Modernity and Housing
Starting from the question of how the design of modern housing can be successful, Peter Rowe explores the social, cultural, and expressive history of housing at two crucial moments: the first large-scale developments along modernist lines in the 1920s, and the widespread reconsideration of modernist principles in the 1970s. Although the inquiry is conducted along historical and theoretical lines, it proposes to uncover practical principles that may guide the design of modern housing, each principle responding to a contemporary architectural paradox posed by modern conditions. Six detailed case studies form the illustrative centerpiece of the book.
Modernity and Housing embraces three more or less parallel themes concerning modernity: the rise of technocracy and the attendant tendency of modern space to become universal while the experience of time is confined to the present; the problem of representation for a culture in which subject-centered reason has replaced metaphysical foundations; and social practices that give rise to urban concentrations and the production of mass housing on an unprecedented scale.
Within these themes, the modern experience of space and time philosophically grounds discussion of local and traditional versus universal and novel building practices; the perspective of subject-centered reason grounds the exploration of the use of abstract forms and the concomitant problem of providing for an expressive architectural language; and the unprecedented quantities of housing production raise the thorny issue of widely defining a normative building program that allows for local particularity.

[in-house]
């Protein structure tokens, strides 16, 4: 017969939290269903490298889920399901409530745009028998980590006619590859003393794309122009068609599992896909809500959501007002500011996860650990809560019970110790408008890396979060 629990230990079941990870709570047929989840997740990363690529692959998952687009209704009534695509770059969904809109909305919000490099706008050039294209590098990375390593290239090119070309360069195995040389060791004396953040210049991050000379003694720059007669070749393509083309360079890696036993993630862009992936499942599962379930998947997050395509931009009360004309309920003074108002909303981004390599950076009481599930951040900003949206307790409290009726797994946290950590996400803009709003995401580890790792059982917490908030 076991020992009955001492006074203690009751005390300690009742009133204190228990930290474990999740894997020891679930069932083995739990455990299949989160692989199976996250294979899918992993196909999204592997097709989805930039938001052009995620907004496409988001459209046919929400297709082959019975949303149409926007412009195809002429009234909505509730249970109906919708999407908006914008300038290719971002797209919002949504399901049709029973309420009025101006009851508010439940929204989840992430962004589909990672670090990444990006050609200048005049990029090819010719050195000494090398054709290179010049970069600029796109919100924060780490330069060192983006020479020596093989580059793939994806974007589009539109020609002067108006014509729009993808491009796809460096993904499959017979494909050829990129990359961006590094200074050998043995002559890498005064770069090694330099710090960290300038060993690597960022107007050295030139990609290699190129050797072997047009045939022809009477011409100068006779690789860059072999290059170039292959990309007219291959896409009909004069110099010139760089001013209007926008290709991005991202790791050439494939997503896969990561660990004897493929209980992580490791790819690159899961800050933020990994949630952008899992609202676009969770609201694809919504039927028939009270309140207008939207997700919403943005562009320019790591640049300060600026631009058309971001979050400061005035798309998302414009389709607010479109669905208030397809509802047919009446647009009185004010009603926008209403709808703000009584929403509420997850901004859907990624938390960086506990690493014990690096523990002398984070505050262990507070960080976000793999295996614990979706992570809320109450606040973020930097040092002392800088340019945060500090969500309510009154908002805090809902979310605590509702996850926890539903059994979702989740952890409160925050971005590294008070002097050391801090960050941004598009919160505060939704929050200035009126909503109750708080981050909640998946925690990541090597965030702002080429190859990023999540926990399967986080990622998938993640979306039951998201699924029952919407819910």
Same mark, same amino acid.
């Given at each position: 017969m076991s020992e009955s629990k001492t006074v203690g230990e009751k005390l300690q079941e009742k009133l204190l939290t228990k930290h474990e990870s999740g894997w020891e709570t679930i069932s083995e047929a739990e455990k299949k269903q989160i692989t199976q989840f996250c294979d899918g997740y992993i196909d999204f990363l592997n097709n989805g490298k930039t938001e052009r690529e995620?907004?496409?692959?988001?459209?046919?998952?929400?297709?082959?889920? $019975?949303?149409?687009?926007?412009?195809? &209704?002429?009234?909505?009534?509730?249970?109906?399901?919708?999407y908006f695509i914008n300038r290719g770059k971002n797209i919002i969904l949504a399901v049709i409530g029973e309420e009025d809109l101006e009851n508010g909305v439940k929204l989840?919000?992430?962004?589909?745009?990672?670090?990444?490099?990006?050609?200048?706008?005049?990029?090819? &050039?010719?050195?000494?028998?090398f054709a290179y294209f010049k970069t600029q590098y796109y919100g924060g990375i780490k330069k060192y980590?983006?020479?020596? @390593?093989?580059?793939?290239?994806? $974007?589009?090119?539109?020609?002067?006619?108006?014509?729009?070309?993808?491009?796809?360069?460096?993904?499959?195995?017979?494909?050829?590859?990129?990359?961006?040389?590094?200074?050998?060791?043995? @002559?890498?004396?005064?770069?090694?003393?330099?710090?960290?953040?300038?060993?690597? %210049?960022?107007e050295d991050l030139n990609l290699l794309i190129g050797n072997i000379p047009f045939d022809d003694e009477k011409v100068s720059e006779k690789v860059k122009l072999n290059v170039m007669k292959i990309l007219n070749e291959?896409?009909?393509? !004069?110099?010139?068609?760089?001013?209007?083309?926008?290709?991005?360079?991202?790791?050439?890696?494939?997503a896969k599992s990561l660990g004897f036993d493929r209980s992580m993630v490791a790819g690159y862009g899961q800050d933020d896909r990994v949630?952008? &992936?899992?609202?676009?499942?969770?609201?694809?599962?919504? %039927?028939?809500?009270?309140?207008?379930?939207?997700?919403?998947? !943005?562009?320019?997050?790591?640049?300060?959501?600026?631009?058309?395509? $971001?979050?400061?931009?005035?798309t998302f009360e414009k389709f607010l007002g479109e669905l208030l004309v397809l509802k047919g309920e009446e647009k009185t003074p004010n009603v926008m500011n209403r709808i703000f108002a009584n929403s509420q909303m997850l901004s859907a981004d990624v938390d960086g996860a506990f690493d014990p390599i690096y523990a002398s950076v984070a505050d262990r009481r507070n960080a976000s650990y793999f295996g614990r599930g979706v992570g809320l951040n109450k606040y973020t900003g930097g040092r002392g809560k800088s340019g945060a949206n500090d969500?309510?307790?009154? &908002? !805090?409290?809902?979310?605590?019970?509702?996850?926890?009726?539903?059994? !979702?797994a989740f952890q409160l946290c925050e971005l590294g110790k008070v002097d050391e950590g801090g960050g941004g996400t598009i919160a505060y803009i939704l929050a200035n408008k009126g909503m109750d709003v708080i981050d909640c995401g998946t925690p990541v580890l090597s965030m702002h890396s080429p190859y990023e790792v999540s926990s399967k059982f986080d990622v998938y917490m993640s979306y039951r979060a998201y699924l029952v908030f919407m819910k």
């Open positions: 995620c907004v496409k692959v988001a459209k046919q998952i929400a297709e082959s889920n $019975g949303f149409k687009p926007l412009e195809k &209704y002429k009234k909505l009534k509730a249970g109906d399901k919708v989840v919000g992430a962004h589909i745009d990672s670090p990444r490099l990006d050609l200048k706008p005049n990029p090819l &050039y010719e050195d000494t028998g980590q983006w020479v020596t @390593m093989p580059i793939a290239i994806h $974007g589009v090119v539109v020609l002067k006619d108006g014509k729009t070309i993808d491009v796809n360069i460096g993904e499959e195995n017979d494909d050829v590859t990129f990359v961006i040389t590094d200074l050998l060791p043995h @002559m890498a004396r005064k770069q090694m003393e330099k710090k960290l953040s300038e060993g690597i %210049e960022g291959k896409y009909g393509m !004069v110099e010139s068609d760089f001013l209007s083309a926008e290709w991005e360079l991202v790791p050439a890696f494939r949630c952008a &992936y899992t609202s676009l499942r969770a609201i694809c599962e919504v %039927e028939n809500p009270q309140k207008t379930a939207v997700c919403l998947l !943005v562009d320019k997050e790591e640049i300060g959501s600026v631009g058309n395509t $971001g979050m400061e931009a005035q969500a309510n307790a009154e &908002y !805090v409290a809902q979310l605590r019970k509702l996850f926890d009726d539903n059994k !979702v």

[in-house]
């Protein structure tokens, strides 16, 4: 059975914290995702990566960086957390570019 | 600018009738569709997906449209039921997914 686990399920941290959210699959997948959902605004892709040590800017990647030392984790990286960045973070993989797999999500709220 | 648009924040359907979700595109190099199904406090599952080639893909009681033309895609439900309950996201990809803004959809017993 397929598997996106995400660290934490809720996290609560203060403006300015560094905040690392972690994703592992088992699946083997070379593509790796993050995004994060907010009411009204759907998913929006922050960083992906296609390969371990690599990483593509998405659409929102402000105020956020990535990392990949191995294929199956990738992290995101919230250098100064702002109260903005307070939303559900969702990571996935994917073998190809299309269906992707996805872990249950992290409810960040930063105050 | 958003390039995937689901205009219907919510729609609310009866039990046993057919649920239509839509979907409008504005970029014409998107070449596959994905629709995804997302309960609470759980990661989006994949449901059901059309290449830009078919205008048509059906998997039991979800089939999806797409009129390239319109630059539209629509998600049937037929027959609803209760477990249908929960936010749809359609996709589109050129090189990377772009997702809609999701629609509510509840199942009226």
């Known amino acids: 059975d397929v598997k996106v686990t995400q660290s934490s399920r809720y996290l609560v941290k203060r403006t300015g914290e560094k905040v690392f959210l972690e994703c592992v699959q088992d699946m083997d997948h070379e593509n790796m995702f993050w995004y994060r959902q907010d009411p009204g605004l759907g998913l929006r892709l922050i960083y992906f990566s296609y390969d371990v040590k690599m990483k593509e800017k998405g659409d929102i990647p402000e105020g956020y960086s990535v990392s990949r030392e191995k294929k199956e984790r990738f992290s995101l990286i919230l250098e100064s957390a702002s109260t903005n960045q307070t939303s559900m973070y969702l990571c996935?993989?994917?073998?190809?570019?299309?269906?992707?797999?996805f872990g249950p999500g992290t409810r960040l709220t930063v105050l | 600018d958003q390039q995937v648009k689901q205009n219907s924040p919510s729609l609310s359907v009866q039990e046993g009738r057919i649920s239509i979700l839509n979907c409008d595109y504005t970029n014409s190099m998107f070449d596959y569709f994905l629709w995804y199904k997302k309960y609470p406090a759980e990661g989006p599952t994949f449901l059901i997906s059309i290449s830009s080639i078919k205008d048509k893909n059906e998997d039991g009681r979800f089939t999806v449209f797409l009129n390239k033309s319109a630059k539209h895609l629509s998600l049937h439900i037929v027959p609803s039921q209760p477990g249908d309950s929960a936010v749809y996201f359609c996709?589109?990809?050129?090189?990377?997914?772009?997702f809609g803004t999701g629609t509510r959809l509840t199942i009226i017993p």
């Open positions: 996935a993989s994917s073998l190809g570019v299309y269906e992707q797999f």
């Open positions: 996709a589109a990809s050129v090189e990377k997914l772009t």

The case studies cover Sunnyside Gardens, New York; Romerstadt, Frankfurt-am-Main; Kiefhoek, Rotterdam; the Byker Redevelopment, Newcastle upon Tyne, United Kingdom; Villa Victoria, Boston; and the Malagueira Quarter, Evora, Portugal. An appendix contains an annotated and statistical summary of all major housing projects described in the text, with notes that include the date, size, place, architect, client, housing type, relative densities, and other items of interest.
- Conditions of Modernity
The Rise and Rearrangement of the Modern Technical Orientation
Time, Space, and Technology
Representation and Modern Forms of Rationality
Normative Programs for Living
Orthodox and Post Modernity
- Modern Housing on the Rise, 1920-1930
Precursors and Contemporary Developments
Postwar Production in Three Nations
Three Projects in Three Cities
A Modern Approach to Housing
- Modern Housing in Crisis and Transition, 1970-1980
Booms and Developments of the Postwar Years
Form, Identity, and a Crisis of Meaning
Three Projects in Three Places
- Situating Modern Housing Architecturally
Being and Becoming
Open-Endedness and Predetermination
Redundancy and Precision
Normalcy and Distinction
Projects in the City
Modern Housing In Situ
Profiles of Selected Housing Projects
Profiles of Housing Production